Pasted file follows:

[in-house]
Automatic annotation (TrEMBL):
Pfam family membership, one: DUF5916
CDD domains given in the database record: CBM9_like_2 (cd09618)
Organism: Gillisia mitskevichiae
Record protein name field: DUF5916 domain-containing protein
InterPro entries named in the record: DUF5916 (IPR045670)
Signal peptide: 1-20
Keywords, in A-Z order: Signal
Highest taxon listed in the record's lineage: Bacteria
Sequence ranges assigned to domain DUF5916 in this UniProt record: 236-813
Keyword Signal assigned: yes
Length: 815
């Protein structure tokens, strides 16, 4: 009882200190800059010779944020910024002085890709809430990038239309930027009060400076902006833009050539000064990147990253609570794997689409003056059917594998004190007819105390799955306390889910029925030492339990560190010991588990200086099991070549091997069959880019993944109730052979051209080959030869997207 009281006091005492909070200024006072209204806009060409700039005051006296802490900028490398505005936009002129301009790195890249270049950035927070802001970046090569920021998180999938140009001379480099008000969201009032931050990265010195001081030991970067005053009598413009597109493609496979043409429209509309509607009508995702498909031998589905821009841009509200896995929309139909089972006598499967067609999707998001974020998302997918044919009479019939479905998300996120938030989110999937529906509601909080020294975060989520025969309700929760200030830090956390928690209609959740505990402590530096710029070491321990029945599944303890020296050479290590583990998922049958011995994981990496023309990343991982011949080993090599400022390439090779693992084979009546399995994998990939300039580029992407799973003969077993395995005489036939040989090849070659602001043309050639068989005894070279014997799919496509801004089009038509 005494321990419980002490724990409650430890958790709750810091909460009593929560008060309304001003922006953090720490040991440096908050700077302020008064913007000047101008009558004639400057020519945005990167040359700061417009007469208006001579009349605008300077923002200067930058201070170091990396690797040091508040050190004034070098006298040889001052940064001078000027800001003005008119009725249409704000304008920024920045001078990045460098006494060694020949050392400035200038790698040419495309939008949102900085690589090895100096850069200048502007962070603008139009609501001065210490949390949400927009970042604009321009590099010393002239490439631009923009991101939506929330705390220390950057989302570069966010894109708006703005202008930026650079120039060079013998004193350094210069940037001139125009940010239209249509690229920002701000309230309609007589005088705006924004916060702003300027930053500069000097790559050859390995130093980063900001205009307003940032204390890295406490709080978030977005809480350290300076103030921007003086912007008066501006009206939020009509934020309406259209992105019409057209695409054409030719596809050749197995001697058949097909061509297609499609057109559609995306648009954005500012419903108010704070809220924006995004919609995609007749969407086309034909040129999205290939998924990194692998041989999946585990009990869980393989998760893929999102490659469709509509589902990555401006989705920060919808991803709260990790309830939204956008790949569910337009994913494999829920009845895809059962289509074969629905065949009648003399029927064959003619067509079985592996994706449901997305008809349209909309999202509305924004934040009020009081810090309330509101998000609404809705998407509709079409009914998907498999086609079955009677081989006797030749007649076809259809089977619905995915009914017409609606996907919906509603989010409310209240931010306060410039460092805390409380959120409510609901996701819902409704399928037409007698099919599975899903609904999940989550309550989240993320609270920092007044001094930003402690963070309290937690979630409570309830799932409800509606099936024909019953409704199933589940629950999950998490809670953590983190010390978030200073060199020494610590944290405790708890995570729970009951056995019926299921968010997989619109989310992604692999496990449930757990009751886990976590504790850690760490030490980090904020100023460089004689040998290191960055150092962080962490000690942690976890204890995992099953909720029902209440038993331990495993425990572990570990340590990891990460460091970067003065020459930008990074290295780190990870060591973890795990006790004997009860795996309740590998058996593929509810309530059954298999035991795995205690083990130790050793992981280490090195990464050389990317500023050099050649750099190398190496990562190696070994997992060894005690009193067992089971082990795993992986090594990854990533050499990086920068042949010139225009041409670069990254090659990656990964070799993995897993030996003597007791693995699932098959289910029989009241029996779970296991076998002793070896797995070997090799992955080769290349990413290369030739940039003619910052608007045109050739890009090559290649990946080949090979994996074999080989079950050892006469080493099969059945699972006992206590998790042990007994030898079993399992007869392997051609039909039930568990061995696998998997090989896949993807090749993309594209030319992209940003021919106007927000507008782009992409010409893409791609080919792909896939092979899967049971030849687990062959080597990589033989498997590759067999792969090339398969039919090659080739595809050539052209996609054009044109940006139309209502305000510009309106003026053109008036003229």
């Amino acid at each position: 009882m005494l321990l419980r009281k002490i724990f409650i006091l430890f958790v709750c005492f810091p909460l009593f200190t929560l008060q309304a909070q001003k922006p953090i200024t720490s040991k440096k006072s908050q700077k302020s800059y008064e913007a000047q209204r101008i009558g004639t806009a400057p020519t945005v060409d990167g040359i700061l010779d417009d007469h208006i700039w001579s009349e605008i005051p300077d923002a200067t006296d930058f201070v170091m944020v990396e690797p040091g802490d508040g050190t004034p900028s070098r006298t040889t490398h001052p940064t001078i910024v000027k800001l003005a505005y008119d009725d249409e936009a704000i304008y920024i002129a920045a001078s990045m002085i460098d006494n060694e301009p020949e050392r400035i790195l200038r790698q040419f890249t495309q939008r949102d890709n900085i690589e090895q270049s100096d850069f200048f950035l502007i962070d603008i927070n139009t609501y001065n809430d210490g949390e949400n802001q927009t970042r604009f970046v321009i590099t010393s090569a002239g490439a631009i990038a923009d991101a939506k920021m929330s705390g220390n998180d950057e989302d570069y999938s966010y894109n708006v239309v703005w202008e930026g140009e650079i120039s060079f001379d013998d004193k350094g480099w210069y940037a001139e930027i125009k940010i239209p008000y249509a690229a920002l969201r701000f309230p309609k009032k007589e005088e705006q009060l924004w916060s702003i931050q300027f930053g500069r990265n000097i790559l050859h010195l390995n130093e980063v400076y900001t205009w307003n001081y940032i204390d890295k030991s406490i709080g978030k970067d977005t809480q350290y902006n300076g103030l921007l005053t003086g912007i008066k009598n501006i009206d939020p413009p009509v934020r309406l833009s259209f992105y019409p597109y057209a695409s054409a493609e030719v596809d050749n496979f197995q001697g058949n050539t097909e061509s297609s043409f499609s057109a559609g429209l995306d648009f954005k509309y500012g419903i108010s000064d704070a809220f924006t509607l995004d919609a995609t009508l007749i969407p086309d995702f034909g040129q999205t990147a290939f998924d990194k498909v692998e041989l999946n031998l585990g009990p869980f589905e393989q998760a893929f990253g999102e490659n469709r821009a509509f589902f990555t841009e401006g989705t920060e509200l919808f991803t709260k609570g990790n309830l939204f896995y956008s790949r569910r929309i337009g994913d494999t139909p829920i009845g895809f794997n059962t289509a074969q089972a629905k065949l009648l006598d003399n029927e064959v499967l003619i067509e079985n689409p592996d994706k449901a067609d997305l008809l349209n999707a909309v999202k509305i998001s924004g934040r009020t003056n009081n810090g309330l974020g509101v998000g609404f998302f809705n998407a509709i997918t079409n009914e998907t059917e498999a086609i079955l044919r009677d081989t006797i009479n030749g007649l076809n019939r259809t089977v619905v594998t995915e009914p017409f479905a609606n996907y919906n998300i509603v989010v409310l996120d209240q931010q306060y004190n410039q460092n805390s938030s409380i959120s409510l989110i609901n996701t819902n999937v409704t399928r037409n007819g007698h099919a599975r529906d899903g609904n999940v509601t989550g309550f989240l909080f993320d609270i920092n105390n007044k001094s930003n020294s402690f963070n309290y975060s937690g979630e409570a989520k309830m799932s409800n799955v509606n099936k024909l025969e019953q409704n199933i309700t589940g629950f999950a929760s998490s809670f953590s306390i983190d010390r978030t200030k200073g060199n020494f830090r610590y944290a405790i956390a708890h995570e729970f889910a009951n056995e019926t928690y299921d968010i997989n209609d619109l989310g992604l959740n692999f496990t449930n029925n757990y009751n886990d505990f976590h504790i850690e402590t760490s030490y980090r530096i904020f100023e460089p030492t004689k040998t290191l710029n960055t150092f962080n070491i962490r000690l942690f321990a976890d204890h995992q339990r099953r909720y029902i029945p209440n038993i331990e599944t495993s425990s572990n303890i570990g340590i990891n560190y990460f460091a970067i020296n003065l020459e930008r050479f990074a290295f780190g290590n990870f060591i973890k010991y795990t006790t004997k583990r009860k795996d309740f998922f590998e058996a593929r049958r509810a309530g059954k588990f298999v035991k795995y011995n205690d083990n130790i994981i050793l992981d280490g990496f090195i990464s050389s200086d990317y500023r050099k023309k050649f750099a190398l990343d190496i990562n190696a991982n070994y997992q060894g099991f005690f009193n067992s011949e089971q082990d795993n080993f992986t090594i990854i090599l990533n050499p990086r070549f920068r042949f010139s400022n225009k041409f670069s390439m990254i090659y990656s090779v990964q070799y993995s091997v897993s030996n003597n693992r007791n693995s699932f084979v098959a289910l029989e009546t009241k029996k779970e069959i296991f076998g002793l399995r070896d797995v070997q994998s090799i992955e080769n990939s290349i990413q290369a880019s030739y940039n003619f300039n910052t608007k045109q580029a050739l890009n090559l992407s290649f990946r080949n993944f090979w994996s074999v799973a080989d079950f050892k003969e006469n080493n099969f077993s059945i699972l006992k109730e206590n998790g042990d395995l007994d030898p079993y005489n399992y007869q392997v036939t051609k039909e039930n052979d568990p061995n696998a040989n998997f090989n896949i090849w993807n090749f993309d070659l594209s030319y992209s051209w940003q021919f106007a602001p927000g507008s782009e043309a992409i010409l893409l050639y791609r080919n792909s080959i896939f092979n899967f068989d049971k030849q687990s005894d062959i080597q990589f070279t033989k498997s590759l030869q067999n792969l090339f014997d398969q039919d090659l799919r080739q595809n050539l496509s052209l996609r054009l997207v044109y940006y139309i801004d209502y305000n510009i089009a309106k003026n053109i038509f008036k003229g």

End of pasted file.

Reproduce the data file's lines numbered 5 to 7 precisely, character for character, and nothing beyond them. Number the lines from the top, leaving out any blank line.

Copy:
Organism: Gillisia mitskevichiae
Record protein name field: DUF5916 domain-containing protein
InterPro entries named in the record: DUF5916 (IPR045670)